Cytokines are bioactive molecules which mediate host responses to inflammatory stimuli. For cytokines to exert their effects, a number of molecular processes must occur. Inflammatory cells must sense the presence of a stimulus, often by detection of that stimulus via cell-surface receptors. Information detected at the cell surface must be transduced intracellularly, and the machinery of cytokine messenger RNA and protein synthesis initiated. Once secreted, cytokines must bind specific receptors on target tissues; these receptors in turn transduce signals which alter target cell phenotypes and responses. Each one of these steps is tightly regulated and may serve as a target for therapeutic manipulation. In this article, the regulation of cytokine gene expression is summarized, with particular emphasis on the regulation of tumor necrosis factor alpha and interleukin-1 biosynthesis. Attention is focused on therapeutic agents which alter cytokine production or activity, some of which are currently used in the ICU.

Publication Types:
Review

PMID: 7583169 [PubMed - indexed for MEDLINE]

--------------------------------------------------------------------------------

36: Am J Respir Crit Care Med. 1994 Nov;150(5 Pt 2):S50-3.


Regulation of interleukin-5 and granulocyte-macrophage colony-stimulating factor expression.

Cousins DJ, Staynov DZ, Lee TH.

Department of Allergy and Allied Respiratory Disorders, U.M.D.S., Guy's Hospital, London, United Kingdom.

This review concerns the regulation of expression of the two main eosinophil differentiating factors, interleukin-5 (IL-5) and granulocyte-macrophage colony-stimulating factor (GM-CSF). The latter, GM-CSF, is expressed in a wide variety of differentiated and non-differentiated cell types: T cells, monocytes, macrophages, fibroblasts, and endothelial cells. On the other hand, IL-5 is only expressed by a limited number of fully differentiated cells: eosinophils, mast cells, and a subset of T cells. Activation of GM-CSF in T cells and non-T cells occurs by different mechanisms, regulated both transcriptionally and post-transcriptionally. The transcriptional activation of GM-CSF via protein kinase C pathway and via viral transactivating proteins involves different regulatory elements of its promoter. Although one of these cis acting elements is common to IL-5, the activation of IL-5 apparently proceeds via different mechanism(s).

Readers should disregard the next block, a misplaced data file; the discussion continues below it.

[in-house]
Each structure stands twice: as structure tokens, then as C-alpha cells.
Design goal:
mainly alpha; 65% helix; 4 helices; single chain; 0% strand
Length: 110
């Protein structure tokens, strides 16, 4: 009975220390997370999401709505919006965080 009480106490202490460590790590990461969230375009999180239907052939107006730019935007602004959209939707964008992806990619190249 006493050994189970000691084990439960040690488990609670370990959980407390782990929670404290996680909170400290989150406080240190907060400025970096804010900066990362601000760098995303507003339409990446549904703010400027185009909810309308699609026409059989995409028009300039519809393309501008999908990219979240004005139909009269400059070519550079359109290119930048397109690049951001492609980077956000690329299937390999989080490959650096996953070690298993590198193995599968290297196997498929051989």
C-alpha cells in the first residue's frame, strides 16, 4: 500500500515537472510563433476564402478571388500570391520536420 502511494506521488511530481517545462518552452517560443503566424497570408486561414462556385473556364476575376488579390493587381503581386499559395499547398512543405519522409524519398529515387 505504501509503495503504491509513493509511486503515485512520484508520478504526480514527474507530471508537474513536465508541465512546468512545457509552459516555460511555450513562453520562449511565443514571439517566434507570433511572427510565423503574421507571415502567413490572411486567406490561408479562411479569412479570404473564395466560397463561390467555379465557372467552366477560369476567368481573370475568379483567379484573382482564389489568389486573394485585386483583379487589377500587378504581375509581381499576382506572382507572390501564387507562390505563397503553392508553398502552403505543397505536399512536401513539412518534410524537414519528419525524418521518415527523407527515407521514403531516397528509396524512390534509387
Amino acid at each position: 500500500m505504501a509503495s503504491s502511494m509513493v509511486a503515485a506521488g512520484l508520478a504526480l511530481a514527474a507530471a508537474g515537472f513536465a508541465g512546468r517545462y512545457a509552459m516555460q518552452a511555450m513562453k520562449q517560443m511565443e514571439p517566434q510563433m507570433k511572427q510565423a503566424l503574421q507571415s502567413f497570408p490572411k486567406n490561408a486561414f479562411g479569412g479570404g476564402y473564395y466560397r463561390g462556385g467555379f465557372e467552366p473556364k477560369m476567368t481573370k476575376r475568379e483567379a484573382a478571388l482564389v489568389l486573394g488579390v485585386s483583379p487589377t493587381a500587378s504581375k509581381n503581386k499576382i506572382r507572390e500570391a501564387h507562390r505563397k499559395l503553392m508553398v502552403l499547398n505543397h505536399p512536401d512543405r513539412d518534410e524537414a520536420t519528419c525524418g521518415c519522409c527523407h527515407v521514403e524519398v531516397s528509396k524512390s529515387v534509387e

Publication Types:
Research Support, Non-U.S. Gov't
Review

PMID: 7952592 [PubMed - indexed for MEDLINE]

--------------------------------------------------------------------------------

37: Prog Neurobiol. 1994 Nov;44(4):397-432.


Gene expression and function of interleukin 1, interleukin 6 and tumor necrosis factor in the brain.

Schöbitz B, De Kloet ER, Holsboer F.

Max Plank Institute of Psychiatry, Department of Neuroendocrinology, Munich, Germany.

Publication Types:
Research Support, Non-U.S. Gov't
Review

PMID: 7886232 [PubMed - indexed for MEDLINE]

--------------------------------------------------------------------------------

38: Eur Cytokine Netw. 1994 Nov-Dec;5(6):573-92.


Interleukin-1: a gene expression system regulated at multiple levels.

Auron PE, Webb AC.

Department of Pathology, Harvard Medical School, Boston, MA 02115, USA.

Publication Types:
Research Support, U.S. Gov't, P.H.S.
Review

PMID: 7727690 [PubMed - indexed for MEDLINE]

--------------------------------------------------------------------------------

39: J Allergy Clin Immunol. 1994 Sep;94(3 Pt 2):594-604.


Signals and nuclear factors that regulate the expression of interleukin-4 and interleukin-5 genes in helper T cells.

Lee HJ, Matsuda I, Naito Y, Yokota T, Arai N, Arai K.

Department of Molecular and Developmental Biology, University of Tokyo, Japan.

Mouse thymoma line EL-4 cells produce cytokines such as interleukin (IL)-2, IL-3, IL-4, IL-10, and granulocyte-macrophage colony-stimulating factor in response to phorbol 12-myristate 13-acetate (PMA). EL-4 cells also produce low levels of IL-5 when stimulated by PMA alone; however, cAMP greatly augments PMA-dependent IL-5 production. A transient transfection assay revealed that two signals, PMA and cAMP, are required for optimal activation of the IL-5 promoter. In contrast, cAMP almost completely inhibited the PMA-dependent activation of the endogenous IL-2 gene, as well as the transfected IL-2 promoter. These results indicate that the IL-5 gene is positively regulated by cAMP in a manner opposite to that for the IL-2 gene. One of the nuclear factors (NFs) that regulates the response of the IL-5 promoter to cAMP and PMA has properties similar to NF for activated t cell. The P sequence of the IL-4 gene, defined as a responsive element for PMA and calcium ionophore (A23187), shares sequence similarity with the NF kappa B and the NF-activated T cell binding sites. We attempted to determine whether NF(P), a nuclear factor specific for the P sequence, is related to NF-kappa B and nuclear factor for activated T cell (NF-AT). In electromobility shift assays both NF-kappa B (P65 or P65/P50 heterodimer) and NF-AT bound to the P sequence. However, sequence specificity of NF-AT was more similar to that of NF(P), and only a small amount of P65 was detected in NF(P). These results indicate that a component or components of NF-AT have the potential to reconstitute NF(P), whereas NF-kappa B alone does not account for NF(P) in Jurkat crude extract. Taken together, these results suggest that NF-AT-like factors are involved in the regulation of IL-4 and IL-5 genes.